• You suggest a Skype meeting, but their camera is never working.

Be careful when sharing information about yourself, including photos, videos, and details of friends and family.

Remote access scams:

Another type of scam that has been reported is remote access scams. How this works is fraudsters will call you pretending to work for a well-known telecommunications company. They may claim there is a virus on your computer and they need your assistance to catch the hackers by gaining remote access to your computer.

No matter how professional the caller may sound, never allow them to have access to your computer or give out your personal details over the phone. Instead hang up immediately and contact your Telco directly to report the incident.

Hoax emails

Fraudsters may also try to contact you via email. One of the common types of hoax emails is phishing scams. The email will allege it is from an organisation, requesting confirmation of personal details such as account numbers, credit card details, Internet Banking logins, PINS, passwords, mobile numbers or access codes.

Details entered into a fraudulent website can then be used on the real website to commit fraud. These hoax emails often look genuine, with the same logo and branding as the actual organisation. It’s important to keep in mind, Transport Mutual Credit Union will never ask you to provide your confidential banking information via email. If you receive any suspicious emails, please refer these to Transport Mutual Credit Union immediately.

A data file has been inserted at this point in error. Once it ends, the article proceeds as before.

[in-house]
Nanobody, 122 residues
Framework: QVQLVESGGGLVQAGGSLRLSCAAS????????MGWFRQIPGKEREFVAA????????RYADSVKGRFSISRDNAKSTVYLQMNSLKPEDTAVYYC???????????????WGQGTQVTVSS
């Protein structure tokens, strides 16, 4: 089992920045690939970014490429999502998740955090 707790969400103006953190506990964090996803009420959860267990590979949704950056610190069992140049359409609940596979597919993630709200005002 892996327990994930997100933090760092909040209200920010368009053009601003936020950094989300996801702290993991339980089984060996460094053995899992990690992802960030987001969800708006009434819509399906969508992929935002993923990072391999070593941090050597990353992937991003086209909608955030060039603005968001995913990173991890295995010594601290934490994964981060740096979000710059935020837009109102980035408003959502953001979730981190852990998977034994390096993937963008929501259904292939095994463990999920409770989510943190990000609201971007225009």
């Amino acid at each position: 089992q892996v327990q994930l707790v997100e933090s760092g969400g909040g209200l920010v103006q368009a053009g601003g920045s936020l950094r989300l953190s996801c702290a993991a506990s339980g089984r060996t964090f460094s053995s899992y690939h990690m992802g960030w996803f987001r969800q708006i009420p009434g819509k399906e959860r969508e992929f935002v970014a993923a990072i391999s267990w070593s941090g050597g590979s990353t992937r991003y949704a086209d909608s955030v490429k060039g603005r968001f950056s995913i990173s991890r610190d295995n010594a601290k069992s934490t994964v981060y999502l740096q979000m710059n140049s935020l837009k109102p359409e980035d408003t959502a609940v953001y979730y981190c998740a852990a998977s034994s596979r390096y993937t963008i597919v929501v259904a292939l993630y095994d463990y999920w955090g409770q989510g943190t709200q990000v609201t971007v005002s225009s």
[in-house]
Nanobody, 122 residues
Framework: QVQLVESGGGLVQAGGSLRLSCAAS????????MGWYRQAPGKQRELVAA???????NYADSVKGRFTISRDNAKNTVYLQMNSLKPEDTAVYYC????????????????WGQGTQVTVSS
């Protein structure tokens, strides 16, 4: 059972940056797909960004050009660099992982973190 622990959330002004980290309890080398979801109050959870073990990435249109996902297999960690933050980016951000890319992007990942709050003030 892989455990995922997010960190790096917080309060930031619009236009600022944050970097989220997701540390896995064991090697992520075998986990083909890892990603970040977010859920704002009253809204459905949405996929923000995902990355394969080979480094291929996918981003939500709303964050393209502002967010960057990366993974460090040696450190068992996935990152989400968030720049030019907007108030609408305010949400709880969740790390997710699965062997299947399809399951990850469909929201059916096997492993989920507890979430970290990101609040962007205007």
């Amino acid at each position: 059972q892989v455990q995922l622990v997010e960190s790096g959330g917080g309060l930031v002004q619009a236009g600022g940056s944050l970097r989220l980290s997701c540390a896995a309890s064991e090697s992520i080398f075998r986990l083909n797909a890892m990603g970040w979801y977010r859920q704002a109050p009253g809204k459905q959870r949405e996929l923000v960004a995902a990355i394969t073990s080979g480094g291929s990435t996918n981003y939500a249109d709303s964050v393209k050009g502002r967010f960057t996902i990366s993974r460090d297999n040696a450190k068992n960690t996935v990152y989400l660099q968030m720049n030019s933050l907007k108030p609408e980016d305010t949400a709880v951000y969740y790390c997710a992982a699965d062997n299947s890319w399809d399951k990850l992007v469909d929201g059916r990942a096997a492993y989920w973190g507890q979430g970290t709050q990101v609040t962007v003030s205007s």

Virus or Trojan emails

Scam emails don’t always try to get you to directly reveal your personal details. Instead they may send links and attachments that upon clicking may infect your computer by installing malicious software (Malware).

If you open the attachment or click on the link in the email, the malware will try to install itself automatically on your computer, depending on the security software on your computer. The malicious software is designed to capture any information that you enter into online services such as internet banking, and send it back to a criminal who can use it for fraud.

There are many email scams designed to compromise online user credentials or personal information, in order to illegally obtain funds. These unsolicited emails are sent in high volumes to random email addresses in the hope that they will find banking customers.

NBN / Tax / Border Security scam

There are confirmed reports that scammers are impersonating companies such as NBN, the Tax Office and Border Security and requesting personal information which is then used fraudulently. Please ensure that you never give a third party any of your personal banking details such as access code, passwords or member number; and never give them remote access to your computer.

For more information on these type of scams, visit Scamwatch.gov.au

What to do if you suspect a scam:

If you receive a suspicious phone call hang up immediately and contact the company directly to report the incident. For unsolicited emails, do not click on any links, open attachments or enter any personal information as they may expose your computer to viruses, worms, trojans, rootkits or spyware.

Transport Mutual Credit Union does not send emails requesting you to confirm or disclose your internet banking login information.

To report suspected fraud or scams, contact us here.